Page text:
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o continue with musings about my life here in Shanghai, recently I went to a DVD shop to buy some, well, DVDs. This is definitely not something I do only in Shanghai. I obviously did it back in India too!! What was unique however was that I bought a DVD of 3 Idiots in the shop. Yes – a DVD of a Hindi film in a small out-of-the way shop in Shanghai. Our own 3 Idiots, subtitled completely in Chinese! It is also not uncommon to find youngsters sing “All is well” with élan. It was indeed interesting to see how a film was bridging the gap between the youths of both the countries. Perhaps this was a reflection of a sense of shared experiences of the youths of both the countries!! Recently, I also met my friend Akash. No – he is not someone who had come over from India to especially meet me but a native of Taiyuan, China. His actual name is Jia Yan and he is a final year student of Hindi (Hons) at the Peking University. And he is fluent in Hindi. For many, this may not be a new phenomenon. Many already know about Chinese students learning Hindi. I wanted to further explore the reasons for this. For Akash, to study India and to understand India, it was necessary to study “one of the main languages of the world which is spoken by 400 million people… ..I think Hindi is indispensible for understanding the lives of ordinary people in India.” The rest of his classmates chose to study Hindi as they were either interested in international relations and trade or Indian history, culture, religion and art. The prospects of studying Hindi also seem to be bright wherein students can go to work in the public sector or enter into the booming bilateral trade domain. Academics

also offer a bright future where research on India is increasing by the day. In fact, research about India has always been under-taken in China, albeit more about Indian culture and history. China has produced a great Indologist, Prof Ji Xianlin, who has translated the Ramayana into Chinese. By 2008, even the Mahabharata had been translated into Chinese by scholars of Peking University. In addition to Hindi, Peking University also teaches Urdu, Sanskrit and Pali!! A Master degree course in South Asian studies is also run by the university that teaches about various aspects of India. Currently, I am on a trip to my friend Rita’s place in Gansu. Again, as you might have guessed, she is my Chinese friend from a small city called Zhangye in Gansu. She studied Hindi at the Xian International Studies University. After graduating, she teaches Hindi at Yunan University of Nationalities. Her university started its Hindi language course just last year. According to her, there are now six universities in China that teach Hindi as a major. The teachers are mostly Chinese, with a few of the universities having full time teachers flown in from India. The others employ Indian students studying there as Hindi teachers. Thus, it seems that from Indian films to Indian language (China Radio Prof Ji Xianlin, translated the International is supposed to Ramayana into Chinese be airing channels in Hindi, Urdu and Bengali), the gap between Indian and Chinese peoples, especially the youth is reducing. The future seems to be promising… 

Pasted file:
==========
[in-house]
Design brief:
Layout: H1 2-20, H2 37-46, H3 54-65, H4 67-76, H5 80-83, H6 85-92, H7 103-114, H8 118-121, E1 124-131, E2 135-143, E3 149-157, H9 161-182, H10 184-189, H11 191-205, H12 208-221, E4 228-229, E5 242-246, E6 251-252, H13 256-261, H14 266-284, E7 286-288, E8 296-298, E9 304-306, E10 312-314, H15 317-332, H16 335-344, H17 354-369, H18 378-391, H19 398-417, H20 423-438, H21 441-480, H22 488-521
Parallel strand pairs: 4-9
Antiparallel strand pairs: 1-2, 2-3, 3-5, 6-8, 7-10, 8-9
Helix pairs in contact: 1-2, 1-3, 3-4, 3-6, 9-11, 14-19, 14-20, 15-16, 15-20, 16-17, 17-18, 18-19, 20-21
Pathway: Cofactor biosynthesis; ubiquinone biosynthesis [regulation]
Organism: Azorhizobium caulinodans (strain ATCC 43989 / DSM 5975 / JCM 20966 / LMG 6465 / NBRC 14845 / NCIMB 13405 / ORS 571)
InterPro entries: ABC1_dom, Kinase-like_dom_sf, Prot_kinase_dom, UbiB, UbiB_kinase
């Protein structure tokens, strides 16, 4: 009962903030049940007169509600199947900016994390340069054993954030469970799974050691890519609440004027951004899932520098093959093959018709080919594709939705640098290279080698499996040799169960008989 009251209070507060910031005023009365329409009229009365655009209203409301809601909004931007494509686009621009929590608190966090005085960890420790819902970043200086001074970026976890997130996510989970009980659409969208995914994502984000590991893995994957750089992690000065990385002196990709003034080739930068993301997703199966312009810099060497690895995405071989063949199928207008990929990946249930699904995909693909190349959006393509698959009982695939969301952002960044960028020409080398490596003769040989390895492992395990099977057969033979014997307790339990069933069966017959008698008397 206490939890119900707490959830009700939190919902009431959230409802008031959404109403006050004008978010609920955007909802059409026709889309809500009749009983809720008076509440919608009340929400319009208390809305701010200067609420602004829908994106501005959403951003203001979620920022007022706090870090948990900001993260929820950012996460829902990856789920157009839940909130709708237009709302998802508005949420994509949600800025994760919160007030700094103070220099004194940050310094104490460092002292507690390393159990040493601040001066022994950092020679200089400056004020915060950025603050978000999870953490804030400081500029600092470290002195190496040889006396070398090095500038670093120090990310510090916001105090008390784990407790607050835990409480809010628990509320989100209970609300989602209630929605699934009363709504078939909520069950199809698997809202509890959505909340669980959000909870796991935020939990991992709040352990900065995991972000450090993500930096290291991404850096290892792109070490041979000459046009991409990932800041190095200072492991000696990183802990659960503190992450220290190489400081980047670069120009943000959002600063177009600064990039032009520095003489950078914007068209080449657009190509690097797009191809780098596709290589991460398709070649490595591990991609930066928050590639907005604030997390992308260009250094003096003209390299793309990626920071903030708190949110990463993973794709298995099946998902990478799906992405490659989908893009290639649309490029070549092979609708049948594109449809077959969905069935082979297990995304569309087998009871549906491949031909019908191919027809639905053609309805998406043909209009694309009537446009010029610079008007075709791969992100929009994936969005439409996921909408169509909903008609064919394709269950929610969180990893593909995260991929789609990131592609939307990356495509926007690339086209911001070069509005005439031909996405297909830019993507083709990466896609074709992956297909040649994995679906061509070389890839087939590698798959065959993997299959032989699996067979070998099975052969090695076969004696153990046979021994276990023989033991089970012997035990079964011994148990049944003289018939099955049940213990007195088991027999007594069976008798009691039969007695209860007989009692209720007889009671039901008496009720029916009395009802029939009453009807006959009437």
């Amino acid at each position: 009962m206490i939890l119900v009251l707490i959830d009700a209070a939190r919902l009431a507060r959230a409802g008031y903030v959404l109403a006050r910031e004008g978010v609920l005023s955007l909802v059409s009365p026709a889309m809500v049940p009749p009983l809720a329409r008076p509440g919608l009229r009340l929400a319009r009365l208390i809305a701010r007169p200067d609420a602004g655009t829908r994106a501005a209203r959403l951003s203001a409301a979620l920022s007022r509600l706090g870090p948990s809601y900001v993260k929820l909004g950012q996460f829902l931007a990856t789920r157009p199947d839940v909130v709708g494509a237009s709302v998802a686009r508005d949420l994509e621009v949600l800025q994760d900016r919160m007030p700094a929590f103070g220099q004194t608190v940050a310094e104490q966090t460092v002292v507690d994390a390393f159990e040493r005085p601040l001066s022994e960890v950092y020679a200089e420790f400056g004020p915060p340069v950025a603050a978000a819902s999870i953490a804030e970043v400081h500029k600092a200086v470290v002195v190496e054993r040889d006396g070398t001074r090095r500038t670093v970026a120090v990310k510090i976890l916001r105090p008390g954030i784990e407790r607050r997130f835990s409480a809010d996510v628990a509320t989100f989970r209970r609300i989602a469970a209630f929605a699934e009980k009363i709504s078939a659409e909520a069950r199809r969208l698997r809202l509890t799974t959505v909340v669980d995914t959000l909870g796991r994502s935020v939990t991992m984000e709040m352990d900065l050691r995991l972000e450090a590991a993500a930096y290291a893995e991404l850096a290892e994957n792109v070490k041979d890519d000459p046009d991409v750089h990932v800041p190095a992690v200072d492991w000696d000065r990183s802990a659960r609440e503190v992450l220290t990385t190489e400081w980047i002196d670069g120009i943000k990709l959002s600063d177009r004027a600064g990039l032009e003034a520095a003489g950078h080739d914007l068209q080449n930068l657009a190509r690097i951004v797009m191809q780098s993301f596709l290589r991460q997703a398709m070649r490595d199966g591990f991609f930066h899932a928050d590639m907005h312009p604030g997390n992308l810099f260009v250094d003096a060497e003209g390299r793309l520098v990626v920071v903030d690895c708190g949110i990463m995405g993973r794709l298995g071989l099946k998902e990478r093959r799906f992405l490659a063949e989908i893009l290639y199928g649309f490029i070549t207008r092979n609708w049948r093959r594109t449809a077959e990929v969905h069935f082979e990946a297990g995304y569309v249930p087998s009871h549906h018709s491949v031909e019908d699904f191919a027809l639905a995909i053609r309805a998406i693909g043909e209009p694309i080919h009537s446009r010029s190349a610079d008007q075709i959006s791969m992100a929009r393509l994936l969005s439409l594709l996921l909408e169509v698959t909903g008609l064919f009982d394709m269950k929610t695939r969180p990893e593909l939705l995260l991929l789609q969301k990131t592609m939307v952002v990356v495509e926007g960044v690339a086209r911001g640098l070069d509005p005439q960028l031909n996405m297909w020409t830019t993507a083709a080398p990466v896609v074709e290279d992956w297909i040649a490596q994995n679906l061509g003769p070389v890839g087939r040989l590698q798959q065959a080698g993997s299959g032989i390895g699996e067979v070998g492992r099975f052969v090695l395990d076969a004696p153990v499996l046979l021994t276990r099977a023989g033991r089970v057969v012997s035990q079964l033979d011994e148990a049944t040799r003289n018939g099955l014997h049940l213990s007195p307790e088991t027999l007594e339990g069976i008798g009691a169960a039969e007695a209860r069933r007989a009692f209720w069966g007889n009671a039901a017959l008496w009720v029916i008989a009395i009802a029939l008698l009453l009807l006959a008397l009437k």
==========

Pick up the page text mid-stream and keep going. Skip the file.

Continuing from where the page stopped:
Three Idiots in Shanghai

‘INDIAN BRIDE’ A Chinese girl admires herself in a Indian wedding saree.

Sumelika Bhattacharyya Chronicle Bureau, Shanghai

January-February 2011  India-China Chronicle |64|

Beyond the Great Wall-jan-feb2011  

January-February 2011  India-China Chronicle |64| ‘iNDiaN BriDe’ a chinese girl admires herself in a indian wedding saree. Prof Ji Xianlin,...

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